Fri, Oct 18, 2019 - Page 16 News List

IOC mulls moving marathons out of Tokyo due to heat

AP, GENEVA, Switzerland

Amid concern about the expected searing heat in Tokyo, the International Olympic Committee (IOC) wants to move next year’s Olympic marathons 800km north to find cooler and safer race conditions.

The committee on Wednesday detailed a new plan to stage the marathons and race walking events in Sapporo, the host city of the 1972 Winter Olympics, which “will mean significantly lower temperatures for the athletes.”

The proposal came weeks after marathons were run in 38°C weather at about midnight at the World Athletics Championships in Doha.

Forecast temperatures in Sapporo are “five to six degrees centigrade cooler during the day than in Tokyo,” the IOC said.

“The Olympic Games are the platform where athletes can give ‘once-in-a-lifetime’ performances, and these measures ensure they have the conditions to give their best,” IOC president Thomas Bach said in a statement.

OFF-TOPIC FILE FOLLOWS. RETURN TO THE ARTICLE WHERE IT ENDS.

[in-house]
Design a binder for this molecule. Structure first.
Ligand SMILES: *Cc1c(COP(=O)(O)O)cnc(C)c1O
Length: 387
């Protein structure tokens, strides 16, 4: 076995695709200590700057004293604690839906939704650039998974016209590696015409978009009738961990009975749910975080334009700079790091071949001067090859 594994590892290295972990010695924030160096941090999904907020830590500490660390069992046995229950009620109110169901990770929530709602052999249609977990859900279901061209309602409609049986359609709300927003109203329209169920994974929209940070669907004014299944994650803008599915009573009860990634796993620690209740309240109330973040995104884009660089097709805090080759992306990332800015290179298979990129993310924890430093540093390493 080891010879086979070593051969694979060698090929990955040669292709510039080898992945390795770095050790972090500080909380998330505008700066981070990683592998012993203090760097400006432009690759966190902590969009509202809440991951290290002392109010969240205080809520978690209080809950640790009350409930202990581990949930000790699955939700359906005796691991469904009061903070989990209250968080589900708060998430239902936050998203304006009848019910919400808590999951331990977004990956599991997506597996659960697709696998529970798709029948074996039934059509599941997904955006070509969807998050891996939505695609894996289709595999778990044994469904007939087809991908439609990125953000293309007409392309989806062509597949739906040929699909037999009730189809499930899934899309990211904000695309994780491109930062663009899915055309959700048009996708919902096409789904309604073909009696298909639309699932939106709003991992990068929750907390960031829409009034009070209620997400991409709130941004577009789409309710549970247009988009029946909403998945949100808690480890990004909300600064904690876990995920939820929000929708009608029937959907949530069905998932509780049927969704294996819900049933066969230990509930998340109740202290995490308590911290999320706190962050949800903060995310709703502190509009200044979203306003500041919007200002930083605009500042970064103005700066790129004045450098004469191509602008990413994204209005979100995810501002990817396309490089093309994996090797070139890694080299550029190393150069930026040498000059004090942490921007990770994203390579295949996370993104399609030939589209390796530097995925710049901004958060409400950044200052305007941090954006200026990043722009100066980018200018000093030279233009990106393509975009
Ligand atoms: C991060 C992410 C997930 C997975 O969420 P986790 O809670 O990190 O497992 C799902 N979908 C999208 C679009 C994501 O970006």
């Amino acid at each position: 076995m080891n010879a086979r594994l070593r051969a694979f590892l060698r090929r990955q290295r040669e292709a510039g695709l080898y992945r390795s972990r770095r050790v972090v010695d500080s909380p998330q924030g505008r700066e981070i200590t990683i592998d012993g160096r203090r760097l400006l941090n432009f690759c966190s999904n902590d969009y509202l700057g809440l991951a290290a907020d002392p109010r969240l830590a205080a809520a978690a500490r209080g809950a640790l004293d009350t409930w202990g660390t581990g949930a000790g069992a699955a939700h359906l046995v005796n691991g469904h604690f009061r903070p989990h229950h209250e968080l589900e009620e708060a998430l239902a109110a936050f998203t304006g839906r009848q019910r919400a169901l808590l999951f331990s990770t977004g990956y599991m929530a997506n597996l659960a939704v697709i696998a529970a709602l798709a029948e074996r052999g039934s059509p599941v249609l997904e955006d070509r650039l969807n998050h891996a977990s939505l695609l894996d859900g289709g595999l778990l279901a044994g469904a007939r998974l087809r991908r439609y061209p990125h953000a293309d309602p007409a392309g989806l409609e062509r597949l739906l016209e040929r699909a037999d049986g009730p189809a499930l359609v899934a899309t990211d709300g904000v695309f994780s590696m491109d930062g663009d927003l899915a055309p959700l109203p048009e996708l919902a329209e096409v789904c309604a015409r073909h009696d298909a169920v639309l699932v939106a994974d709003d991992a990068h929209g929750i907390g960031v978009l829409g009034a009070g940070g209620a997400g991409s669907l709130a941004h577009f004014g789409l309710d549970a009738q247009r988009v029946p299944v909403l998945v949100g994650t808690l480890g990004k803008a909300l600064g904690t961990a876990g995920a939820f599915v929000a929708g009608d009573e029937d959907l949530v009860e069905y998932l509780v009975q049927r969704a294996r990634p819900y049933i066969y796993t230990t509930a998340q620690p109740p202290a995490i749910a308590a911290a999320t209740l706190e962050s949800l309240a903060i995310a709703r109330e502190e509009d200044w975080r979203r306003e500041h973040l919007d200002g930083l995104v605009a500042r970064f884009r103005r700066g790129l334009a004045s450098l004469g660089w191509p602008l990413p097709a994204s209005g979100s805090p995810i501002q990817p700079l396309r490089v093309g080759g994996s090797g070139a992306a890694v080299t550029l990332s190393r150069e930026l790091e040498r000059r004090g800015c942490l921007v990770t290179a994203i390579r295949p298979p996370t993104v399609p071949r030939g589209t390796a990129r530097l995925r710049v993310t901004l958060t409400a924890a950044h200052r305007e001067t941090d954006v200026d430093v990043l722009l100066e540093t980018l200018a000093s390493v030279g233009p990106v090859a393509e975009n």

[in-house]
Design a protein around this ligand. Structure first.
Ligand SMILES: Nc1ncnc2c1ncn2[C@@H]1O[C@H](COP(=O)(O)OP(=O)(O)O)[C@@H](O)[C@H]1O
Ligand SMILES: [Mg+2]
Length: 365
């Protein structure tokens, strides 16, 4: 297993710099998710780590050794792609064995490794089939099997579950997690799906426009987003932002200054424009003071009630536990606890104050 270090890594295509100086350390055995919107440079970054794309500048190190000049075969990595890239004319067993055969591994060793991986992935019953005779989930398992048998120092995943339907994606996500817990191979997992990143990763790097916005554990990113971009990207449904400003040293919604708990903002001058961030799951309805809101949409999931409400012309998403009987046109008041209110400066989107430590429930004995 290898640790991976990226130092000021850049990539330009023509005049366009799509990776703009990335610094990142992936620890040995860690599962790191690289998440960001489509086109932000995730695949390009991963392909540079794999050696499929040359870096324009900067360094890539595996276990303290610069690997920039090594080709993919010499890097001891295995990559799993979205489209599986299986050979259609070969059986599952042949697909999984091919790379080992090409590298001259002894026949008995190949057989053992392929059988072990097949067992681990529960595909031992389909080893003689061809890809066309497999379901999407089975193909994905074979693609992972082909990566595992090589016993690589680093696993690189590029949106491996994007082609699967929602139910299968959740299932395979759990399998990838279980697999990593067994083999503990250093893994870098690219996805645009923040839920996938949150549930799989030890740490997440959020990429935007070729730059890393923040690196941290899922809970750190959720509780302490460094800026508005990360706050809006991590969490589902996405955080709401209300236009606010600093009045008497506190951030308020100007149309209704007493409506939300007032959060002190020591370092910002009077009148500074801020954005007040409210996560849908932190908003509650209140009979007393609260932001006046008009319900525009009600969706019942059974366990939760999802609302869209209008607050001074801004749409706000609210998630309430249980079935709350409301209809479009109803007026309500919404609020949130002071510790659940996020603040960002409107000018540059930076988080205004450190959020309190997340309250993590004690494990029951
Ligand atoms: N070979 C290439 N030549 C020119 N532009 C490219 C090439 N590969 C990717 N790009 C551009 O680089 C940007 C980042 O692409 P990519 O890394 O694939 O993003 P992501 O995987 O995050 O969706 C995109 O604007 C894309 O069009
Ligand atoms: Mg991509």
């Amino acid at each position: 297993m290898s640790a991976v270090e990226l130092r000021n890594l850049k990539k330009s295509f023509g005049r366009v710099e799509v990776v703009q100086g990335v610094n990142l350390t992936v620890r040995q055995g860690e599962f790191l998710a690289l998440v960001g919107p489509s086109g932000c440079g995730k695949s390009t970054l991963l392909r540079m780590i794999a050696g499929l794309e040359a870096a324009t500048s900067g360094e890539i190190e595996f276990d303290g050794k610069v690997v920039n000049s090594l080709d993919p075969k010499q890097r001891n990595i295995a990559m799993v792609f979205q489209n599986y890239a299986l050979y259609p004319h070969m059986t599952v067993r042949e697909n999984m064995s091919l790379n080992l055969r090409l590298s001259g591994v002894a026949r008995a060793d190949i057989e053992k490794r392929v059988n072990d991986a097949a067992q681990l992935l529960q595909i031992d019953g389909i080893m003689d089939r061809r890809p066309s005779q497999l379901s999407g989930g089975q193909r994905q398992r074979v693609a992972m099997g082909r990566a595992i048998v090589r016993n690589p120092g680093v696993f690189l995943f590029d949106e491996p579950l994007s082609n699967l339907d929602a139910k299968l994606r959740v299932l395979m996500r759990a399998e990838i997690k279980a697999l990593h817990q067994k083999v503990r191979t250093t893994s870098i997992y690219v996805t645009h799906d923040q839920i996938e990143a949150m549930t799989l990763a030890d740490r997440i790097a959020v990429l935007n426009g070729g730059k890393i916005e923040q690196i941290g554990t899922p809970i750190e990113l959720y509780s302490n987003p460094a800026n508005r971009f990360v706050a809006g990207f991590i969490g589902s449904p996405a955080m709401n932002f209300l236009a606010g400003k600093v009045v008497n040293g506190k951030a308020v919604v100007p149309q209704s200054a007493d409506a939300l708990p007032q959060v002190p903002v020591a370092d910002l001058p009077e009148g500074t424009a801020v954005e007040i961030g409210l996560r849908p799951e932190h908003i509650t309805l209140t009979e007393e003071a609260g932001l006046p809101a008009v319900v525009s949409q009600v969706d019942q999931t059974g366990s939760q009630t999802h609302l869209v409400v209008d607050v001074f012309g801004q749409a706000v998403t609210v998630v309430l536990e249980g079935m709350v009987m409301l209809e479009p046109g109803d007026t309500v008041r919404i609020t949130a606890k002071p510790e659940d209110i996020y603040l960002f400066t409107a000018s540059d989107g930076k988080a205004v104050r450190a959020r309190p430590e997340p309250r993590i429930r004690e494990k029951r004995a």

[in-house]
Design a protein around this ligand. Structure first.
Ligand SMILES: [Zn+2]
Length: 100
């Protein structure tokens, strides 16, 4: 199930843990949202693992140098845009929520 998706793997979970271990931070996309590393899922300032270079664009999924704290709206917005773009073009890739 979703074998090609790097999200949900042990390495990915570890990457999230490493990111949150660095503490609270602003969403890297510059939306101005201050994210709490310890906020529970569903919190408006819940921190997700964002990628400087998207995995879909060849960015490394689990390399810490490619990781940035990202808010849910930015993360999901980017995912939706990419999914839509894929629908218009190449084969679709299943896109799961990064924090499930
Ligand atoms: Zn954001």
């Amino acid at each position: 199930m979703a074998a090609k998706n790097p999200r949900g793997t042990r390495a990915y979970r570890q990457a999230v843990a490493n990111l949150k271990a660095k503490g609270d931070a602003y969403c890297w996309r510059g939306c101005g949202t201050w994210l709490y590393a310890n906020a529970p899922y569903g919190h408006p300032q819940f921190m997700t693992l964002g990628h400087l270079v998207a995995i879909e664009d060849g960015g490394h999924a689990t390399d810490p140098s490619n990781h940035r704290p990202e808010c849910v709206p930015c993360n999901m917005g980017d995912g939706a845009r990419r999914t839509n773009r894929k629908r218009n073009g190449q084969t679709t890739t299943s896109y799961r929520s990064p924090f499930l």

Still, one Olympic medal contender affected by the plan questioned if athletes were consulted.

“I’m assuming this means you’ll be paying for my family and friends flights and accommodations who have already booked for Tokyo?” Canada’s Evan Dunfee, who took worlds bronze in the 50km walk, wrote in a Twitter post tagged to the IOC and the International Association of Athletics Federations (IAAF).

“This breaks my heart and is poised to ruin my Olympic experience. Was there ANY consultation with athletes over this?” Dunfee wrote.

An Olympic panel has been consulting with sports governing bodies while assessing heat and weather issues for the Tokyo Games from July 24 to Aug. 9 next year.

“The IOC working group identified the marathon and race walk as the events that would put particular heat stress on the athletes,” the committee said.

The marathons were already scheduled to start at 6am in Tokyo to ease the heat effect on runners. The men’s 50km race walk final was scheduled for a 5:30am start.

“Giving athletes the best platform for their performances within the environment they are in is central to all major events,” IAAF president Sebastian Coe said in the IOC statement.

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